Veterans’ Day: It’s about the Others…

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Some served out of patriotism.  Some served for education.  Some served to get themselves out of bad situations, or simply for the job opportunities. And some served because it was just “what you did.”

Some served in peacetime.  Some served in wartime.  Some served in wartime, but it peaceful settings.  Some served on the battlefield, while others served well behind battle lines in support of those under fire.

All are veterans.  All are worthy of our praise and respect.  But will we always receive that?  No, and that too is why we served.

ES-3A_CAG_bird_VQ-5_over_CVN-72_1998As a military veteran, I often pause on Veterans’ Day to think of my service, my comrades who have slogged through the jungle, flown the long flights, and stood in the freezing cold beside me, those who have faced hardship and sacrificed with me.  They were ordinary people, mostly asked to do ordinary things, but always willing and ready for the extraordinary.  They were my brothers and sisters, and will always be part of my family.

They weren’t all heroes, and that’s okay.

They weren’t all flawless, and that’s to be expected.

They weren’t all like-minded, and that was a good thing.

And they weren’t all even good at their jobs, and that’s real life.

As we reflect on yet another holiday dedicated to all those who have served, voluntarily or not, with the discounts and special deals offered by so many businesses and establishments in our communities, I all too often hear veterans themselves deride those who protest, those who do not openly thank them for their service.  And I become angry also…but not at the protesters, not at the business that do NOT offer veteran discounts, or those for whom this is simply another day.  I grow angry at the veterans themselves.

A solution to the impending Talent WarWe did not serve for the accolades.  We did not serve for glory.  And we did not serve to become entitled.  Those may come from our service, but those weren’t the reason for it.

We served because we valued selflessness.  We served because we valued the bonds of shared sacrifice.  And we served because others could not or would not.  We served for the ideals of free speech and equality, even when our society hindered it.  We served for those unable to protect themselves and without a voice, in hopes that they would someday.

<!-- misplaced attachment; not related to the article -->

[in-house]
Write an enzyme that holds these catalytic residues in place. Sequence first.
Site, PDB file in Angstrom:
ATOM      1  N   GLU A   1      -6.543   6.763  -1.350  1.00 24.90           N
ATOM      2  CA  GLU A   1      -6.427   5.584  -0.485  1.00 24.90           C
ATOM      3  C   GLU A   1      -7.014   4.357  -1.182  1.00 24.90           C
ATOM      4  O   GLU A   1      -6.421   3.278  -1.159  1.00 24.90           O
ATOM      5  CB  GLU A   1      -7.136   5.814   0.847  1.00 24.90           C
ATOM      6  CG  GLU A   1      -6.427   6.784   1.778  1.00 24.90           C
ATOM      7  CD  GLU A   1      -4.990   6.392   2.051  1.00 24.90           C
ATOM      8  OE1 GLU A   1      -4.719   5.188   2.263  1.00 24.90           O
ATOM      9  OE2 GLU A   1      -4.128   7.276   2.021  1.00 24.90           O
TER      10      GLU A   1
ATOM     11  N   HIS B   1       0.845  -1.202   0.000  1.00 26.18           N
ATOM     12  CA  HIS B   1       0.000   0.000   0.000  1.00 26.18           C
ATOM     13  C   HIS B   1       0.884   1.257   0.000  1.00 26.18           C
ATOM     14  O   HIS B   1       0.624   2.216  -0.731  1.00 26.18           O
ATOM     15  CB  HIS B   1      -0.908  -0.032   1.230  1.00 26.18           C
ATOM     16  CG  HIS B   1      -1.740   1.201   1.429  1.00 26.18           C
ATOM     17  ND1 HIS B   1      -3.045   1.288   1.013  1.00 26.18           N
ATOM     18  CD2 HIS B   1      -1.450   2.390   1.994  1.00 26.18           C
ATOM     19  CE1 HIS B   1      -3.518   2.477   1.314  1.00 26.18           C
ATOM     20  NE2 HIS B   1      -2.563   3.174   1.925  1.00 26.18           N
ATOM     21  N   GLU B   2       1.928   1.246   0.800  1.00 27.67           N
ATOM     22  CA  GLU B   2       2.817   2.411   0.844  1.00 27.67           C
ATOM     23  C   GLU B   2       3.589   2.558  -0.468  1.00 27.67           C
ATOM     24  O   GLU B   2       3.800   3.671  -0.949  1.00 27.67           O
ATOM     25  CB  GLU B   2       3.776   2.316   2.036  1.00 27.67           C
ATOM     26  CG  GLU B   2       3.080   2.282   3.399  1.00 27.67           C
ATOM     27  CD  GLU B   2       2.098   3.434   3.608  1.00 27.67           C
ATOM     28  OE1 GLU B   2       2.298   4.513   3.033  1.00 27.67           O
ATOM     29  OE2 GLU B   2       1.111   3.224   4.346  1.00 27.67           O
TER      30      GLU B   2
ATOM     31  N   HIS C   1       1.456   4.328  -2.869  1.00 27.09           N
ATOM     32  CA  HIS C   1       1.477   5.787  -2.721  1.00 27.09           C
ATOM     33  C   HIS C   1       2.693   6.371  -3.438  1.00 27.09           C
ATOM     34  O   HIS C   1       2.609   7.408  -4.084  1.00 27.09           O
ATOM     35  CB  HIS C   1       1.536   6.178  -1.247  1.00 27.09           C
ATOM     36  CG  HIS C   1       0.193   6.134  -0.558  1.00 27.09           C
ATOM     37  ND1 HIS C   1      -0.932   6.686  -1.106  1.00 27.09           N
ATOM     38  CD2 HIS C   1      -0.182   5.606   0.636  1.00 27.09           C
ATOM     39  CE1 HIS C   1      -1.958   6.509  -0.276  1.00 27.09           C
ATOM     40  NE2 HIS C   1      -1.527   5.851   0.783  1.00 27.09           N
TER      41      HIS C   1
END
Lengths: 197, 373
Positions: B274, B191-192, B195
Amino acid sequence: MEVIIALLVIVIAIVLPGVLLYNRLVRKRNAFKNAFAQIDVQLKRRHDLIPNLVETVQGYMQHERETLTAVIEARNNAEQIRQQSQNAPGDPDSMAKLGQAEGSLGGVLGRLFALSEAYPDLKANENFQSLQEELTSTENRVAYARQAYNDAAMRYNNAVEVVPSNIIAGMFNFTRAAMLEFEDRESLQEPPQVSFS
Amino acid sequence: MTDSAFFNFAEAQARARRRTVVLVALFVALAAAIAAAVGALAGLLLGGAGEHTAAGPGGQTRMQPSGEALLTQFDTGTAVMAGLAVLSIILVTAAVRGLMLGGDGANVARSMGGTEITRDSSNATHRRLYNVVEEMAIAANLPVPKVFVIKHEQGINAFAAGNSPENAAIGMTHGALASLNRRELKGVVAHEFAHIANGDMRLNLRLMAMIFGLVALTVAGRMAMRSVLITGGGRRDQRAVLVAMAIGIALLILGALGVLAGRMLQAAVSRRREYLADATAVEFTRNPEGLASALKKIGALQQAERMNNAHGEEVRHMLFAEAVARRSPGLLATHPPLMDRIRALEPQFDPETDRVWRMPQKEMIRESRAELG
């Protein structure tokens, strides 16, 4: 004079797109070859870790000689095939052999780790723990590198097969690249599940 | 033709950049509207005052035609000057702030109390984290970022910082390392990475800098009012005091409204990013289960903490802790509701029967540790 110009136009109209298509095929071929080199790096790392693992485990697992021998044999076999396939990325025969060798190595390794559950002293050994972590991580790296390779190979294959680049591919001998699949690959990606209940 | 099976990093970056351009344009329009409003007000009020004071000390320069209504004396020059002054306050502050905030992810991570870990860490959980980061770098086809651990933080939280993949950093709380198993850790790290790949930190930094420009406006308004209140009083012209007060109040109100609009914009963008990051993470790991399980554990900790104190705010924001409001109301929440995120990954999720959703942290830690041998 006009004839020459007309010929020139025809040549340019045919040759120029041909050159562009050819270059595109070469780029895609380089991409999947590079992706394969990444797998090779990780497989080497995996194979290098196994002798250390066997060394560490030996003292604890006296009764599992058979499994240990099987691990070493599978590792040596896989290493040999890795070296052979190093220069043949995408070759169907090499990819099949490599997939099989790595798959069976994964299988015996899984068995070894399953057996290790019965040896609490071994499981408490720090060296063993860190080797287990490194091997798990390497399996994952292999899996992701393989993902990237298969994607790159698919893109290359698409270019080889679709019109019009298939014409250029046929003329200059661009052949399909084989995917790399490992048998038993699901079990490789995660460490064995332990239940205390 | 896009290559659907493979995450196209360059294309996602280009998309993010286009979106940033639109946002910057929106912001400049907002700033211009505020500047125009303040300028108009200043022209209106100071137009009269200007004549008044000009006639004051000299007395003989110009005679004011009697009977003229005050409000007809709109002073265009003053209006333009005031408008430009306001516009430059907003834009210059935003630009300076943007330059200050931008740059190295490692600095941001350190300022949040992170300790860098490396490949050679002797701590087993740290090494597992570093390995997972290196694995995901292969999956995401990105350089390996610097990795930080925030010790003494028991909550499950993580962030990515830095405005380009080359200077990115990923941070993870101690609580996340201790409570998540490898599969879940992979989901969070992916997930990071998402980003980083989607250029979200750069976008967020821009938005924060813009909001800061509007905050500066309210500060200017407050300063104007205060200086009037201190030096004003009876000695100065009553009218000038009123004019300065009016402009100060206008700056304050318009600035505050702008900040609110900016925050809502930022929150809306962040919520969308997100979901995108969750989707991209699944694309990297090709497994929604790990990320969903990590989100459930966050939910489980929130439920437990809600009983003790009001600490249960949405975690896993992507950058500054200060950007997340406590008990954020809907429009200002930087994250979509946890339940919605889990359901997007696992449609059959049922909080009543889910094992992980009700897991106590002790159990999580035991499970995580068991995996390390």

We didn’t serve so that we would have a platform on which to criticize those who didn’t.  We didn’t serve so we could preach our superiority over those who choose not to.  And we didn’t serve to get free dinners, haircuts, or tickets to a ball game.

So, take advantage of those rewards that come from your military service.  Get that free haircut.  Watch that free meal.  Fly your flag proudly.  But don’t do those things because you’ve “earned” them, and don’t criticize those that do not offer either accolades or discounts.  Do what you’ve always done.  Stand tall and be proud of your service.  Remember your own past sacrifices and the ongoing sacrifices of those still serving and still deployed.  But don’t expect the praise and don’t deride others who you feel disrespect you and your sacrifice, for that’s the right that led you to serve in the first place.

This Veterans’ Day, don’t look for praise for your service.  Look to the reasons FOR your service.  And celebrate those reasons.  Commend the expressions of those who disagree with you or perhaps even who look down on your service, for those who protest and even for those who burn the flag.  For that’s what your service was all about.  It was about those others.

At its core, our service is about the other people, whether or not they know it.  Our service was not about us.  It was about and for them.

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Developing Others: The Gauge of True Leadership

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Many of you likely know that in addition to teaching, running a graduate program, and consulting, I am passionate about coaching.  Executive coaching.  Transition coaching.  Career Coaching. (Even athletic coaching…but that’s another story.)

While the settings and goals between these types of coaching may differ, a focus in each is always on leadership…how to identify the path one has already taken as a leader (more challenging for most than you might imagine) and how to further one’s development as a good leader.  It can be general leadership development, but most often is targeted to a particular career goal or specific leadership challenge in a current assignment.

When asked, most people can talk at length about what they’ve done to become stronger leaders.  They talk about their management approach.  They describe the leadership development courses they’ve attended, and the books they’ve read.  Most times these days, they describe themselves as “true servant leaders,” dedicated to taking care of their followers (a description that is often less bounded by actual evidence than the belief that they should be servant leaders).